Area Forecast Discussion
Issued by NWS Gaylord, MI

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FXUS63 KAPX 241816

Area Forecast Discussion
National Weather Service Gaylord MI
116 PM EST Tue Jan 24 2017

Issued at 1112 AM EST Tue Jan 24 2017

Shower activity continues mainly east of I-75 late this morning,
though it has been growing less organized and has showed signs
of gradual weakening over the past few hours as the deformation
banding falls apart. Areas of drizzle are also falling apart.
Temperatures are just now slowly starting to rise into the
mid/upper 30s across the area, so expect any lingering light snow
across eastern Upper and northeast Lower to change over to rain by
early afternoon. Not to sound like a broken record, but once
again today areas of fog still linger across the area late this
morning. Do expect the fog to diminish over the next few hours as
winds increase a bit out of the NW, and it looks like any
lingering pockets of dense fog are rapidly disappearing. Forecast
for the rest of today looks on track.


.NEAR TERM...(Today and tonight)
Issued at 336 AM EST Tue Jan 24 2017

...Turning just a bit cooler...

High Impact Weather Potential: Really not a whole lot. Still dealing
with some fog issues and just perhaps some overnight freezing
drizzle concerns.

Pattern Synopsis/Forecast: North/south band of deformation driven
precipitation continues to slowly pivot north across much of the
area at this early hour, although there is signs of it beginning to
shrink and slowly focus more to the eastern third of the area.
Temperatures remain just warm enough for much of this precipitation
to fall as rain, although slowly cooling thermal profiles is allowing
just a bit of snow to mix in, particularly across portions of
eastern upper Michigan. Large scale pattern remains slowly transient
today and tonight, forcing axis of overhead forcing and deeper
moisture to pivot off to the northeast today as narrow mid level
ridge builds into the northern Lakes this afternoon and evening.
Looking further upstream, lee side cyclogenesis already underway
across the high plains of Colorado as strong mid level wave gets set
to eject out of the Intermountain West. This system will continue to
organize as it advances through the Central Plains today, reaching
eastern Iowa by sunrise Wednesday. Elevated warm air advection
regime well ahead of this system will begin to impact portions of
the area very late tonight, bringing the threat for a bit of snow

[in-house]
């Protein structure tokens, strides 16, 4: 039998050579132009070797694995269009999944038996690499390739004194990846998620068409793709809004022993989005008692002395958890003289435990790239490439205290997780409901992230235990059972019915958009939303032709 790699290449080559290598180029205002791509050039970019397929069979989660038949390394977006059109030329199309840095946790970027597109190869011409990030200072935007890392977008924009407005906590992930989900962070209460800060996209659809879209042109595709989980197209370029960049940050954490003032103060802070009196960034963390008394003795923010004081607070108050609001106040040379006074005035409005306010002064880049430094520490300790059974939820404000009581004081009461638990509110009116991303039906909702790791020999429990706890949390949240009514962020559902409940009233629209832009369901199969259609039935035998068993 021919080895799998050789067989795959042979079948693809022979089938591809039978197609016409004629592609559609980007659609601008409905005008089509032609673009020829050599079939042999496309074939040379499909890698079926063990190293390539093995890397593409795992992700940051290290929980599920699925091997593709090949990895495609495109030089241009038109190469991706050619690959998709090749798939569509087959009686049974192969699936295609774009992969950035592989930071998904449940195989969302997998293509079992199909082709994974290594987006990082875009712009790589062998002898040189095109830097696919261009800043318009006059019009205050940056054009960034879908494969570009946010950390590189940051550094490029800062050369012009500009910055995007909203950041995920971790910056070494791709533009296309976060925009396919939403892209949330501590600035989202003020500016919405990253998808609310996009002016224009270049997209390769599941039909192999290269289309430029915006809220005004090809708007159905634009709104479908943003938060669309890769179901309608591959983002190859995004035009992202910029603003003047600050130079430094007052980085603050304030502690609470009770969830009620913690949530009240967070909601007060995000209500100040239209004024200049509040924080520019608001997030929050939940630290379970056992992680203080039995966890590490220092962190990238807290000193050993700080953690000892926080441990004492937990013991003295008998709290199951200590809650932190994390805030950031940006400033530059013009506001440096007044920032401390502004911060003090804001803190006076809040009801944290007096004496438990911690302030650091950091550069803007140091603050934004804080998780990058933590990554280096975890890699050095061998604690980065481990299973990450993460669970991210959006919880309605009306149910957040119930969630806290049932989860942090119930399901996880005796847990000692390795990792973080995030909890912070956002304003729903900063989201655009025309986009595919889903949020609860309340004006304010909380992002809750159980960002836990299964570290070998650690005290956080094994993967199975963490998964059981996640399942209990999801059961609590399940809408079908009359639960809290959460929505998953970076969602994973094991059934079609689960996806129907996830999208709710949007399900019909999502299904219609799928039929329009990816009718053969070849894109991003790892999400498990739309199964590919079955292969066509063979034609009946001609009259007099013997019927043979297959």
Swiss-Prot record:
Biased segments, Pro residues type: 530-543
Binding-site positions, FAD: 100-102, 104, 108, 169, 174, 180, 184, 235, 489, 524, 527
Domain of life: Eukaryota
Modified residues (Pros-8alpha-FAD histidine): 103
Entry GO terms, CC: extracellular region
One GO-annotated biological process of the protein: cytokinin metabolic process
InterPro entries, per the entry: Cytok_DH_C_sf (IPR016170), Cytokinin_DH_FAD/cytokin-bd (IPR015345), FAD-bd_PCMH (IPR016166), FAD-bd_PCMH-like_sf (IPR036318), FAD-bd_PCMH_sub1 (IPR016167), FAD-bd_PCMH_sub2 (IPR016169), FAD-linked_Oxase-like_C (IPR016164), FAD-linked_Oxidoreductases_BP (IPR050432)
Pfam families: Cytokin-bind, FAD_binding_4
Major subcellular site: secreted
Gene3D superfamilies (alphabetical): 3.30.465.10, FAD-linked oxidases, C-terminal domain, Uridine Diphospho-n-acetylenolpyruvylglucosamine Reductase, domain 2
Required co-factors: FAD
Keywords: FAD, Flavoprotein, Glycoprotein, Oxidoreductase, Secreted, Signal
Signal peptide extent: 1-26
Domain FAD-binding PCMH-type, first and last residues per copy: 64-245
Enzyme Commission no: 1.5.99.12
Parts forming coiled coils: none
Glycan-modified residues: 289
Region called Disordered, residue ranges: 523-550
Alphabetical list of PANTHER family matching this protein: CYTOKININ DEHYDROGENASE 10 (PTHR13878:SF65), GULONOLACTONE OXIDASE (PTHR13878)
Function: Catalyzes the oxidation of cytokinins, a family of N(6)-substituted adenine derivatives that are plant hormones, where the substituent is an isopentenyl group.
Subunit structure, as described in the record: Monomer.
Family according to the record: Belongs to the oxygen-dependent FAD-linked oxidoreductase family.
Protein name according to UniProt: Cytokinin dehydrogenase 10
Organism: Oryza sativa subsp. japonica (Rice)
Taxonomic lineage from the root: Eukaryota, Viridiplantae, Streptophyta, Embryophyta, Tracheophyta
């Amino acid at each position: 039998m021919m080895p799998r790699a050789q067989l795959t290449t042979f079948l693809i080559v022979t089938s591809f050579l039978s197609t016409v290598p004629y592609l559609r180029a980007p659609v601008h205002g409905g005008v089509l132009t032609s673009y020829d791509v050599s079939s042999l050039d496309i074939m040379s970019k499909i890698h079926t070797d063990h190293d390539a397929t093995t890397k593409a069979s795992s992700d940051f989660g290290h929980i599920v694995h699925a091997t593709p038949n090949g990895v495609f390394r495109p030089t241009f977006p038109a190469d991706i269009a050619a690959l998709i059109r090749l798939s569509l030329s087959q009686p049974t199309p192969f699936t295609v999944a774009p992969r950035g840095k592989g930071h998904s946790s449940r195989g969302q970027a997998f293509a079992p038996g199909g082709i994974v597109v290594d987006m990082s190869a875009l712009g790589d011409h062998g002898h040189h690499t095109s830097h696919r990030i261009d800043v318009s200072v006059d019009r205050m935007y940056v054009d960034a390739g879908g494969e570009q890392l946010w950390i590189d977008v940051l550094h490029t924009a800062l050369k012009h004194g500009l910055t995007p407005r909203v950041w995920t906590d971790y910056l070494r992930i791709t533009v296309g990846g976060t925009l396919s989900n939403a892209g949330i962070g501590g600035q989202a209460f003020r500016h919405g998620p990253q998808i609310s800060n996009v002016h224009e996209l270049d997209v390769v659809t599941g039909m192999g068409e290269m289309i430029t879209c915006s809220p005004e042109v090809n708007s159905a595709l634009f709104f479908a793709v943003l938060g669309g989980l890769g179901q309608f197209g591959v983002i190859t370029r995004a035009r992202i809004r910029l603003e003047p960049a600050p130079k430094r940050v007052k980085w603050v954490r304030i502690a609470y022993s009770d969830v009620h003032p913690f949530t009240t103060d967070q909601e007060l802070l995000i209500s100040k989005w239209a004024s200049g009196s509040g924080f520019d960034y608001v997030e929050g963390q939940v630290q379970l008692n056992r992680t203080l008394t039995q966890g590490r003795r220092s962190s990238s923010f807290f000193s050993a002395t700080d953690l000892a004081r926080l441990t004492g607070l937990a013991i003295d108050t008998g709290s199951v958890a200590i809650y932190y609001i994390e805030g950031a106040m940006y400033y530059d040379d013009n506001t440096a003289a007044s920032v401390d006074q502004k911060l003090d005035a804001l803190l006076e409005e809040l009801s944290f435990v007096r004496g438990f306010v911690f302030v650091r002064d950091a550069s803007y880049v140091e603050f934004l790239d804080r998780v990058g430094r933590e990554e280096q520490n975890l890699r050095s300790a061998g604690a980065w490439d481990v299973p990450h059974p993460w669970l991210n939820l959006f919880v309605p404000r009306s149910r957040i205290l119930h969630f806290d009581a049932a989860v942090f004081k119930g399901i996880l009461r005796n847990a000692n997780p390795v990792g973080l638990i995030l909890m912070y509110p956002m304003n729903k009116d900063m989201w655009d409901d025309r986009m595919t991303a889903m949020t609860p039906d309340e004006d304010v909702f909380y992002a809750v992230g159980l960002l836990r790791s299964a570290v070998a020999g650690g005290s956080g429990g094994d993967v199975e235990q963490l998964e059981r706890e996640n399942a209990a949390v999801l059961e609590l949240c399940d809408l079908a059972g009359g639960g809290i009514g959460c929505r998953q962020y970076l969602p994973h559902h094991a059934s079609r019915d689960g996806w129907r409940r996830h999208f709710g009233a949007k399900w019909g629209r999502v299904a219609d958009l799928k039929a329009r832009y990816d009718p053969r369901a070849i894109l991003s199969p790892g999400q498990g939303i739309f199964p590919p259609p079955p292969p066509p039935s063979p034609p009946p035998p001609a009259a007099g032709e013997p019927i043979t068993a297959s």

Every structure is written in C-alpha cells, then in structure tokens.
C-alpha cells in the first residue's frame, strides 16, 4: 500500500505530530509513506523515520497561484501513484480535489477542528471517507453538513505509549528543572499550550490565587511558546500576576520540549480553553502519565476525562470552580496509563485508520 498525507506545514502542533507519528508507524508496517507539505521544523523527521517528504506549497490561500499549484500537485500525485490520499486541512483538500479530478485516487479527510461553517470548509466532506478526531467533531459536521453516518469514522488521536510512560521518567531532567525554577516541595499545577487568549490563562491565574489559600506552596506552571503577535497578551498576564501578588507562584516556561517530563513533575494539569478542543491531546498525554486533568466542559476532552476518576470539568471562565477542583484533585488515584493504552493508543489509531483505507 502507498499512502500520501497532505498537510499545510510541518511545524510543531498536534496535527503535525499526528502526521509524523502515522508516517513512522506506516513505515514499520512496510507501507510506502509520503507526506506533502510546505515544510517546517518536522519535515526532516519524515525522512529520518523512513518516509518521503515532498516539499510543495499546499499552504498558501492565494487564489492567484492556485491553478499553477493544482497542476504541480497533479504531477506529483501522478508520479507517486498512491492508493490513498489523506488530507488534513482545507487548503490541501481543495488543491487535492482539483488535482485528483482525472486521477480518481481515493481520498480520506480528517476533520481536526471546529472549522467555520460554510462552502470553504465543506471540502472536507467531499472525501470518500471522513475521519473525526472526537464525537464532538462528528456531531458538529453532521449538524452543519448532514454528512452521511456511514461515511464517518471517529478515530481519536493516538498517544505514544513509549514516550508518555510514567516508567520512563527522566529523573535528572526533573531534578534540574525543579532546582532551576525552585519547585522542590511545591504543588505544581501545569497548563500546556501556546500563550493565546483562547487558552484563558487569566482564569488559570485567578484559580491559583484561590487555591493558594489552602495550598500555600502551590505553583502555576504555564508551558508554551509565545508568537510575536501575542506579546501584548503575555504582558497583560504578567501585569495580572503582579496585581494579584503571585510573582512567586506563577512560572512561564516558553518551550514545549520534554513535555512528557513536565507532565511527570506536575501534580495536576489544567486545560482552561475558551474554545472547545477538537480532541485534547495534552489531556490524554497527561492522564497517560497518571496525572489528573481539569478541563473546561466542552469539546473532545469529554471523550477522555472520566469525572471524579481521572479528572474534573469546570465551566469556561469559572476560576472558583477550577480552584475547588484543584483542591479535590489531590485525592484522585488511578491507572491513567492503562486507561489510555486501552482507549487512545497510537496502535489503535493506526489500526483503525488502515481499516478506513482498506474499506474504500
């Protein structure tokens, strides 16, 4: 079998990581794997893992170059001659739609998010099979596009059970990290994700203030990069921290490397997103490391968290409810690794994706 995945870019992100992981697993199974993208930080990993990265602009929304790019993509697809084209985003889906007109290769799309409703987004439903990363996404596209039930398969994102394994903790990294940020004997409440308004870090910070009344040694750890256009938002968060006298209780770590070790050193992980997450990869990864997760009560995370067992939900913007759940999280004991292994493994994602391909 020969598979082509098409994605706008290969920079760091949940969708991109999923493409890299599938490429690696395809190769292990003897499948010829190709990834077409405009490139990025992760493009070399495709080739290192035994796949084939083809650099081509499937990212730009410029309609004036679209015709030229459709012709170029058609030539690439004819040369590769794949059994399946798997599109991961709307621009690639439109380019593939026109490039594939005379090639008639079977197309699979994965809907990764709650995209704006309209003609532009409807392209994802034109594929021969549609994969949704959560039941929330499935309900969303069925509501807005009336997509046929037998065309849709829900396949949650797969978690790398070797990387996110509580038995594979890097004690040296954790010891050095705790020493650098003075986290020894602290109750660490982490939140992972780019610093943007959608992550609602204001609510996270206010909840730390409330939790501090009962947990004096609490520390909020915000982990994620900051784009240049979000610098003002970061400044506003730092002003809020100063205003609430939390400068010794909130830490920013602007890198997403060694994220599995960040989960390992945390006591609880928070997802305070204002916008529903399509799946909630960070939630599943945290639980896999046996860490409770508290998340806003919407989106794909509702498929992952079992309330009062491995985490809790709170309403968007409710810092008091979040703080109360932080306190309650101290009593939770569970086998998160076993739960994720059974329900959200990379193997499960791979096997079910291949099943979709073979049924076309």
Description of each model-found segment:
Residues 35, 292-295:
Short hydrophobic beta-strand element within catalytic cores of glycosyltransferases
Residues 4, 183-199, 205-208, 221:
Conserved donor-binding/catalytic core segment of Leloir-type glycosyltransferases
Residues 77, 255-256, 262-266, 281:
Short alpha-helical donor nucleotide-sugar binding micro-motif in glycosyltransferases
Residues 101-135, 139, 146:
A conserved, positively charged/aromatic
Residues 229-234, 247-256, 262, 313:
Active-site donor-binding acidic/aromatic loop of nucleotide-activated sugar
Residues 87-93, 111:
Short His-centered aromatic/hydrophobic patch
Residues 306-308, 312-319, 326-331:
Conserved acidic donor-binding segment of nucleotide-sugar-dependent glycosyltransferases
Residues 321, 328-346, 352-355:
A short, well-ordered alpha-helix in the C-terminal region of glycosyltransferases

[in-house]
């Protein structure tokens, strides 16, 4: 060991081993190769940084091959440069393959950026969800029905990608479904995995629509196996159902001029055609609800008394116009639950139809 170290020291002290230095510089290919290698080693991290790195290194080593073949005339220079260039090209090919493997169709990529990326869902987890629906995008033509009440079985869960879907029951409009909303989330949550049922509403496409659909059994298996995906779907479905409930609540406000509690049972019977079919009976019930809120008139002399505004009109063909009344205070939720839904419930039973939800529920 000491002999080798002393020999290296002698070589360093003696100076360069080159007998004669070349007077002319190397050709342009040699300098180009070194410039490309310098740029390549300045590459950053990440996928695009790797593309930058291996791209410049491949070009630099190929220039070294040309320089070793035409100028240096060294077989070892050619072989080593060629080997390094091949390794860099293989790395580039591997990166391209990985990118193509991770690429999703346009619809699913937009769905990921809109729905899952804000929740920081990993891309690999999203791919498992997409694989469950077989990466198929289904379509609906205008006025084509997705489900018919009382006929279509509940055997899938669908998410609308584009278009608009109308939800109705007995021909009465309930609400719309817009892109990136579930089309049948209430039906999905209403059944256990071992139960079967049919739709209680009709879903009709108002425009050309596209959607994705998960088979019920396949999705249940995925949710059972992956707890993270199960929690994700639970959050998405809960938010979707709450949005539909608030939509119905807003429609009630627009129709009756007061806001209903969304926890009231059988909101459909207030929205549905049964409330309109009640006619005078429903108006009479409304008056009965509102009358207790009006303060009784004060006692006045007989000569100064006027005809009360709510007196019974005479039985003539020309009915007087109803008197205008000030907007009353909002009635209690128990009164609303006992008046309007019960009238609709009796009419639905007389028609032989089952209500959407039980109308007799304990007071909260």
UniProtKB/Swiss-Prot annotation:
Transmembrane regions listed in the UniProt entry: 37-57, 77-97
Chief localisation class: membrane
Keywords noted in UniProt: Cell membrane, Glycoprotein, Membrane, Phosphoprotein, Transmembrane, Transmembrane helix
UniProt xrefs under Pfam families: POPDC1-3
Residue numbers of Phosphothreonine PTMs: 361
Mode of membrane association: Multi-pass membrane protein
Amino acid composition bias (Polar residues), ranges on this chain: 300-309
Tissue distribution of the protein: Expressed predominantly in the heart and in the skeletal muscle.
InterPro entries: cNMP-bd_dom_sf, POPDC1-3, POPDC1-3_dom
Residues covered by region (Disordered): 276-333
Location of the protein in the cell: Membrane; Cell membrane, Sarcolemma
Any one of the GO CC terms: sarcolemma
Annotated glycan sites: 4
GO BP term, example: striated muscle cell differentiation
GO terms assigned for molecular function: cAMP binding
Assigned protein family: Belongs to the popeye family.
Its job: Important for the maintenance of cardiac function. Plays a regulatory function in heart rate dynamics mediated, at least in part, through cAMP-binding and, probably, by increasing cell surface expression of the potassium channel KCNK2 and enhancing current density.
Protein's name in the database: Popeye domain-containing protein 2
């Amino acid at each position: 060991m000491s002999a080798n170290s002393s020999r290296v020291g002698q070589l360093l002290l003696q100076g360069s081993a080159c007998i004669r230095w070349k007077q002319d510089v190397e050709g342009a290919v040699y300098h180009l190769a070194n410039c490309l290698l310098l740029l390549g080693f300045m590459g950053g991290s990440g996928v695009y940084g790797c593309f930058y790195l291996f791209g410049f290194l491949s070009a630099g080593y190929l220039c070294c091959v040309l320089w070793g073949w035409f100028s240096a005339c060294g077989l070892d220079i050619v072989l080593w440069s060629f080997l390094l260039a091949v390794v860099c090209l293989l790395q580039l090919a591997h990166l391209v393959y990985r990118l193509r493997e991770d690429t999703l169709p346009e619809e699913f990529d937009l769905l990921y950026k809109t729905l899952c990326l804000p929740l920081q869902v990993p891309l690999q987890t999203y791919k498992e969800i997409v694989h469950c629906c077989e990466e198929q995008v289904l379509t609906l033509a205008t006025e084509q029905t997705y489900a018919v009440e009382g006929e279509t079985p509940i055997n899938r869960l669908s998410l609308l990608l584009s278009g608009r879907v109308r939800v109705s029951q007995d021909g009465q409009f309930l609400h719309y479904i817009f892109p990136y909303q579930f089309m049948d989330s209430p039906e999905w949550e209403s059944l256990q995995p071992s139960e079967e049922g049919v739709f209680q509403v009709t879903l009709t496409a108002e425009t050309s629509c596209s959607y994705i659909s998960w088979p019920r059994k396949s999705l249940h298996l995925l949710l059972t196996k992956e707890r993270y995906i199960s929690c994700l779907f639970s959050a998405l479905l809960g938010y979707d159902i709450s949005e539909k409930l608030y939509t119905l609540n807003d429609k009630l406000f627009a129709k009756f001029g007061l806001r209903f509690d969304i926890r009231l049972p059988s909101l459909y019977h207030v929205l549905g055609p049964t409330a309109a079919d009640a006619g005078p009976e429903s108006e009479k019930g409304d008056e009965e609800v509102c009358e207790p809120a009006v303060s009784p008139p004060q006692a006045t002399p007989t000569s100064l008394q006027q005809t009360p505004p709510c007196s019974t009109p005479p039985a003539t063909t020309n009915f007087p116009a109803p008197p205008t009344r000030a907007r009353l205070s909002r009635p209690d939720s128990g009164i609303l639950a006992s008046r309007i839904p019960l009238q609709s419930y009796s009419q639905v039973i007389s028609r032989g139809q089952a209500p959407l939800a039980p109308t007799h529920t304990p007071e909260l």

along with it.

Primary forecast concerns: Light rain and snow trends today.
Addressing that light wintry mix potential later tonight. Fog trends
through the period.

Details: Overhead band of precipitation expected to continue to
slowly fade this morning as it pivots off to the northeast. Still
looks like a pretty wet start to the day, with the primary focus for
areas east of interstate 75. Atmosphere continues to slowly cool,
allowing at least the opportunity for a bit of snow to mix in, once
again especially across eastern upper Michigan. Not a big deal at
all, with little to no accumulation expected. Mid and upper level
moisture peels out during the afternoon, leaving behind an
increasingly shallow near surface moist layer. Moisture profiles
look to remain just deep enough to keep around some drizzle/very
light rain potential for northeast lower and areas north of the big
bridge. Otherwise another cloudy and damp day, along with some
lingering fog. Highs today expected to be a bit cooler than the last
few, but still well above normal (and above freezing) for this time
of year.

Other than some fog, this evening is looking fairly uneventful as
that transient ridge axis builds overhead. Moisture depth increases
from west to east tonight as that elevated waa regime begins. Multi-
run guidance trends is for a cooler profile through the column,
supporting an all snow event, and also a slower onset of full
saturation, with snow only reaching the surface across the southwest
third of the area. Any accumulations will be light, with amounts
likely remaining well under an inch. Will need to be on the lookout
for a bit of freezing drizzle, especially for those north of the
Straits, where soundings show a rather deep sub -10c moist layer